Even though he worked in government until the age of 58, C. H. Sisson (1914-2003) wrote a prodigious amount of poetry (both his own and translations) and prose. He certainly was not unknown or unrecognized during his lifetime, but I believe that his work does not receive the attention it deserves.
My life is given over to follies
More than I can exaggerate:
If I told you half you would imagine
That I am a very respectable person.
First, there is the folly of earning money
In order to have what is called independence:
You can admire that quality if you will,
I know what it is and do not admire it.
Secondly, there is the folly of spending it wisely,
So much for insurance, so much for the house,
Suitable provision for the children's education
Which for the most part they would rather not have.
Thirdly there would be, if that were not in fact all,
The supervening graces of domestic virtue
Everything paid up, honest as the day
But I am nearest to my own language in sleep.
A wonderful poem, and perhaps something of a surprise coming from a man who was described in the Daily Telegraph's obituary as "a doughty defender of traditional Anglicanism," whose "unfashionable high Tory views and . . . deeply-felt patriotism meant that he never found favour with the Left-liberal establishment, whose follies were a frequent theme of both his poetry and prose writings." (A man after my own heart!) Another fine poem in the same vein is "Money."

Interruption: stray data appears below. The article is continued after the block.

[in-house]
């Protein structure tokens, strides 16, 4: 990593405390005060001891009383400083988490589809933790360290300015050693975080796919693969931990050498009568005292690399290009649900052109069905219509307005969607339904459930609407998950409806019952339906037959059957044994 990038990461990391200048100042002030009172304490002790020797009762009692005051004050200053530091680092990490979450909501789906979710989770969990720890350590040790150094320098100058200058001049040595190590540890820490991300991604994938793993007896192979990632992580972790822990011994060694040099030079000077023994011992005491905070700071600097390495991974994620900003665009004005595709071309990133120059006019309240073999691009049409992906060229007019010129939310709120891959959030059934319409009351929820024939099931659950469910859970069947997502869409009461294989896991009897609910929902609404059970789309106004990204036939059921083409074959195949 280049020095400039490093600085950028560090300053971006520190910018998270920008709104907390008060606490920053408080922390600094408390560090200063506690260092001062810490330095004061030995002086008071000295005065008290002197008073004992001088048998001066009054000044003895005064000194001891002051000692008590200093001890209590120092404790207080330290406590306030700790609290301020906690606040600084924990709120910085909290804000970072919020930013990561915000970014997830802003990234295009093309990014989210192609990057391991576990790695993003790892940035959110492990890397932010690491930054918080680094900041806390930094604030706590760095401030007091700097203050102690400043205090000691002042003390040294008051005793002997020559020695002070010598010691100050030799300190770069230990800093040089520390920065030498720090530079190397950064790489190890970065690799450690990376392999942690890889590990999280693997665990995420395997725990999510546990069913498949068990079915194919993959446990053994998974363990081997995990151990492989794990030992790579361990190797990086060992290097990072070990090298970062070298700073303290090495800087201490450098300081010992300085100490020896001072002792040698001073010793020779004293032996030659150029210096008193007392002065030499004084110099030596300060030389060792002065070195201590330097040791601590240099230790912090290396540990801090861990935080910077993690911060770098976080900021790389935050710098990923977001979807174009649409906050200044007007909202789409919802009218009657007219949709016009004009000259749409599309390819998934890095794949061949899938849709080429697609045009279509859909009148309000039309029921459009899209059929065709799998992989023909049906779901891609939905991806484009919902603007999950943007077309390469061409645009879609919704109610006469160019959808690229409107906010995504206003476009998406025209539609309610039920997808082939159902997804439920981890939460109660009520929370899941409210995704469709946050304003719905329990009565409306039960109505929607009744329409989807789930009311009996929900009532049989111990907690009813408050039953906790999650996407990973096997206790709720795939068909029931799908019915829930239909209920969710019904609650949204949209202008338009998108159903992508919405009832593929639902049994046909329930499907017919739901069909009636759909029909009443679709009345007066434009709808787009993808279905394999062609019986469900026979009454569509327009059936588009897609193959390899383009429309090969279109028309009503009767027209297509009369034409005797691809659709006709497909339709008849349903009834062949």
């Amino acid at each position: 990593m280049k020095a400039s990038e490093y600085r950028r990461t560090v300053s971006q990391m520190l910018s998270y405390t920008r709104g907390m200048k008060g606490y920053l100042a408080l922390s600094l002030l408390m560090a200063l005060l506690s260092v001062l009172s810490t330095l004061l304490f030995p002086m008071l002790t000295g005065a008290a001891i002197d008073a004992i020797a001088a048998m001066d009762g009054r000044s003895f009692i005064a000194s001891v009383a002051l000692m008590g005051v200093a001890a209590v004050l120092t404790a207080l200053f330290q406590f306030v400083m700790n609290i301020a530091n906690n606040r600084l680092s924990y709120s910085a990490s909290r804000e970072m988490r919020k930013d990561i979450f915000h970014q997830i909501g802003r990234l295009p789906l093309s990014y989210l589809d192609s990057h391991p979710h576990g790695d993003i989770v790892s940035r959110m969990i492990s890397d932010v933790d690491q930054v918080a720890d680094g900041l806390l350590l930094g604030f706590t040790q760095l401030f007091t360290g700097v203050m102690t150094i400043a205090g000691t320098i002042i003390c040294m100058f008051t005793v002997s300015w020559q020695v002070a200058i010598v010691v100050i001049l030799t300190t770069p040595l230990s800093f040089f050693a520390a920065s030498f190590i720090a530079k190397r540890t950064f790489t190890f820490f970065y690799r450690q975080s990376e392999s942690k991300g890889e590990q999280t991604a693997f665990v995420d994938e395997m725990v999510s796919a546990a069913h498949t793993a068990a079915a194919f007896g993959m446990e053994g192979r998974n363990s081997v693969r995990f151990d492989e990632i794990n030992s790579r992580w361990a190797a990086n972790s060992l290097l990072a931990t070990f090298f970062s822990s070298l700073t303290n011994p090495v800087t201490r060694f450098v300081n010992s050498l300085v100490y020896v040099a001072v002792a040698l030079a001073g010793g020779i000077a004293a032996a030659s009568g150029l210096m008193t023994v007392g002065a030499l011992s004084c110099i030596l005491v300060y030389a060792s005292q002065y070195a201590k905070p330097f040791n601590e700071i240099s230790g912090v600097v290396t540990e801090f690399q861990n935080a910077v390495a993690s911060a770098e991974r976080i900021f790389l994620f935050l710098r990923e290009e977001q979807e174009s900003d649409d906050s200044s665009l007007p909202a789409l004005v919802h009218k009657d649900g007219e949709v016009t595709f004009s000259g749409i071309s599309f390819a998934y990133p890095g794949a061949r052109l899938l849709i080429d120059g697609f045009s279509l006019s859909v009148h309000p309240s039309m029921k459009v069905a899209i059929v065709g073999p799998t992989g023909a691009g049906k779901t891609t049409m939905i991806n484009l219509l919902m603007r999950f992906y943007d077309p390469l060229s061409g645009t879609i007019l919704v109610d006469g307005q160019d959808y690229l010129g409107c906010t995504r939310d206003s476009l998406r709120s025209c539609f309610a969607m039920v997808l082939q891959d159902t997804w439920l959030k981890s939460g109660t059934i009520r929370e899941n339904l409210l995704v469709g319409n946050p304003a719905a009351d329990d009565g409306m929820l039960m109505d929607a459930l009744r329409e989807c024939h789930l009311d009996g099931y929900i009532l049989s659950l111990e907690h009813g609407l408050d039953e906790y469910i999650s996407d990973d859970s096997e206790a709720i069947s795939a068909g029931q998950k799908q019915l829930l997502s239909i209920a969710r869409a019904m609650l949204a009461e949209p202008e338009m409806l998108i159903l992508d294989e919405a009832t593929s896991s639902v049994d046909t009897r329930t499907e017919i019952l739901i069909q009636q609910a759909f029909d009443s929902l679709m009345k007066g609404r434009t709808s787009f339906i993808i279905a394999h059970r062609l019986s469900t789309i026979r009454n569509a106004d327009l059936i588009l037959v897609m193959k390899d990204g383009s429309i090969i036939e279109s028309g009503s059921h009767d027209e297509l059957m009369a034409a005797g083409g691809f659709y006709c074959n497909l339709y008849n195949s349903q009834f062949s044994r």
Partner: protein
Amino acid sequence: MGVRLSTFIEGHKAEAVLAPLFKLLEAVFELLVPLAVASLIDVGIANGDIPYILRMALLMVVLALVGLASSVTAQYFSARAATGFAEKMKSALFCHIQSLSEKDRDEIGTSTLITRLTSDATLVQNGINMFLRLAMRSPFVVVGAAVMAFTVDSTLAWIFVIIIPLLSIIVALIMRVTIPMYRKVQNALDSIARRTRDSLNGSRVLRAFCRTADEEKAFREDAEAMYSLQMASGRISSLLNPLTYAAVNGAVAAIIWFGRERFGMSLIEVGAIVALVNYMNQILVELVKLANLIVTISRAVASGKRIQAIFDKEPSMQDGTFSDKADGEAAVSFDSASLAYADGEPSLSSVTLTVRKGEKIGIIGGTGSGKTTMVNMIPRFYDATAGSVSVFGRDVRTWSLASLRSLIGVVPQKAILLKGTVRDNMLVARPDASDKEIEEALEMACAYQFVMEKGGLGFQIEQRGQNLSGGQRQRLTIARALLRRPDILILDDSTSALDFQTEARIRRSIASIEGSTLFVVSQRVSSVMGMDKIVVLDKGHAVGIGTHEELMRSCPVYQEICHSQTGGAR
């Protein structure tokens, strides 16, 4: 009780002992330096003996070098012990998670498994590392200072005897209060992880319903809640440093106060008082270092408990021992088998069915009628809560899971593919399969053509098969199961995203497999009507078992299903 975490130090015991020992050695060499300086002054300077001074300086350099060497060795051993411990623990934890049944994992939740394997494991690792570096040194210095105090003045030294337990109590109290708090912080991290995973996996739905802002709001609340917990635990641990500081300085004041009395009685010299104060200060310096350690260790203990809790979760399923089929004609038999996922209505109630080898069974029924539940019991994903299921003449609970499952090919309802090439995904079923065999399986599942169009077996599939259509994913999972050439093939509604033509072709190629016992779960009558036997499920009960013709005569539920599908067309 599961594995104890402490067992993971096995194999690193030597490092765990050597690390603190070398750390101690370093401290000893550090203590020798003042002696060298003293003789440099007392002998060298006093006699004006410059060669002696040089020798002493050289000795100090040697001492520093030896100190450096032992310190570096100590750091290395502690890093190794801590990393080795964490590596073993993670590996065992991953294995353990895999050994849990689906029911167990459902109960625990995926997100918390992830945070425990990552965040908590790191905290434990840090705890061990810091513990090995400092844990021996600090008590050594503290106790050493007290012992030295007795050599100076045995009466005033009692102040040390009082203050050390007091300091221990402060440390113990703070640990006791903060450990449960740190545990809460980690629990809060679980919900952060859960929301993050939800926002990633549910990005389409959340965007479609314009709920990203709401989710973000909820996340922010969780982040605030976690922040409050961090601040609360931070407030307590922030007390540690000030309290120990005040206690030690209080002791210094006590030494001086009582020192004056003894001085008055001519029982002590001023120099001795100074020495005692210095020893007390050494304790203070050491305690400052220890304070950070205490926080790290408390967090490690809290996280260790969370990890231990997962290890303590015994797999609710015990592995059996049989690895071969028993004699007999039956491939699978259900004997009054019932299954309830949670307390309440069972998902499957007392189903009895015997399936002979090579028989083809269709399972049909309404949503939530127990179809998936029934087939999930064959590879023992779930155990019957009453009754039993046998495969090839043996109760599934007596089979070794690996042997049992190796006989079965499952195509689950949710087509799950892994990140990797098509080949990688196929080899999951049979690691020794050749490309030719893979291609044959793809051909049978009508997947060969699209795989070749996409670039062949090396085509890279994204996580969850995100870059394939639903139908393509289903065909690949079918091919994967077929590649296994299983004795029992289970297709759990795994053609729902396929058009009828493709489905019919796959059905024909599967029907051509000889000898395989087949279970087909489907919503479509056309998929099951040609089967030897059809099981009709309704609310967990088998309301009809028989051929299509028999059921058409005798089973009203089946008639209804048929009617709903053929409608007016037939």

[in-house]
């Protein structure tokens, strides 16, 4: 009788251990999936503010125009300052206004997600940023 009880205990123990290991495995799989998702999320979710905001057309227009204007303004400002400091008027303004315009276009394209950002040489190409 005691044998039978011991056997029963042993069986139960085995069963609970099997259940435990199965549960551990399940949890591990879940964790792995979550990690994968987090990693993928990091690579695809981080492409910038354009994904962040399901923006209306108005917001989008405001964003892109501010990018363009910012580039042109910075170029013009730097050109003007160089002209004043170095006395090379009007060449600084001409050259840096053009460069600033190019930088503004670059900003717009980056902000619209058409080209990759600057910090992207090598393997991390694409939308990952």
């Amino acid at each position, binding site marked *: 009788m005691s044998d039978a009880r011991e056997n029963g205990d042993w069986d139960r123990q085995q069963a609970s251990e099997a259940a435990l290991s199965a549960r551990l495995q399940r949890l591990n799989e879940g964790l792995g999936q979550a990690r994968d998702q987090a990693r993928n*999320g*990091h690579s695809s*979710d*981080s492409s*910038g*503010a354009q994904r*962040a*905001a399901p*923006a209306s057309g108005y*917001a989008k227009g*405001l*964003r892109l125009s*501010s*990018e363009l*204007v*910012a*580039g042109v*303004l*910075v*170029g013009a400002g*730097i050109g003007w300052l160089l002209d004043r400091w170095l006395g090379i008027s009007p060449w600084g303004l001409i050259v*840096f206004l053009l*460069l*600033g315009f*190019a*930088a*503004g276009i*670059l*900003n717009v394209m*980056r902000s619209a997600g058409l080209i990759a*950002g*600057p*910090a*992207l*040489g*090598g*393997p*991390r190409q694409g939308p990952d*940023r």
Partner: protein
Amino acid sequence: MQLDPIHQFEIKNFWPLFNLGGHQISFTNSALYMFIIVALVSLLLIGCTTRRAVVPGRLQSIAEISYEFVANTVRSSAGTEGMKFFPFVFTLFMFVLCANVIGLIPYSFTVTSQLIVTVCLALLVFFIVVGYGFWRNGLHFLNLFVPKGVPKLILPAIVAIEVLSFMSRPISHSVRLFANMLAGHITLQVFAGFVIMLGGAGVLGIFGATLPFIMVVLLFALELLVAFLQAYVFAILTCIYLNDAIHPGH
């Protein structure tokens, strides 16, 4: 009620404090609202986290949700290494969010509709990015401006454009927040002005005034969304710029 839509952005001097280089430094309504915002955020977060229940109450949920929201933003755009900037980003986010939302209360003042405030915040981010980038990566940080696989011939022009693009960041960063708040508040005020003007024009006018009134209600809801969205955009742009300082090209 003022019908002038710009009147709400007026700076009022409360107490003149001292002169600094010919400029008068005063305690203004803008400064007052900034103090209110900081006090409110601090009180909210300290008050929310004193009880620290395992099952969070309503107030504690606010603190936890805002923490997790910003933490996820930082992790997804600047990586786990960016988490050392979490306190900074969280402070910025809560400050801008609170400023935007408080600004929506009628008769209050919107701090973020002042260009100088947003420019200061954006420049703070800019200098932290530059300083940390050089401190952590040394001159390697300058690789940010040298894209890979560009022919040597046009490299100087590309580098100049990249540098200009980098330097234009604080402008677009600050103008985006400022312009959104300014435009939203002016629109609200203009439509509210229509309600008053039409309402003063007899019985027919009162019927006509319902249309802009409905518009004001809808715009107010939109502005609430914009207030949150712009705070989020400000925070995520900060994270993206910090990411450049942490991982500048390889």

However, I do not wish to misrepresent Sisson's breadth and depth by citing these two somewhat acerbic poems (not that Sisson ever failed to call things as he saw them) -- they just happen to be long-time favorites of mine. I could easily have begun with poems that have as their subjects the natural world, the classical world, theology, philosophy, or history. (Throughout, he has a wicked sense of humor.) There are more than 300 poems in his Collected Poems (published by Carcanet in 1998), so where does one begin?
Exactly: where the winter was
The spring has come: I see her now
In the fields, and as she goes
The flowers spring, nobody knows how.
The Mind of Man
The mind of man is nothing but
A repertoire of what is not,
Never was, and can never be:
So, at least, it is with me.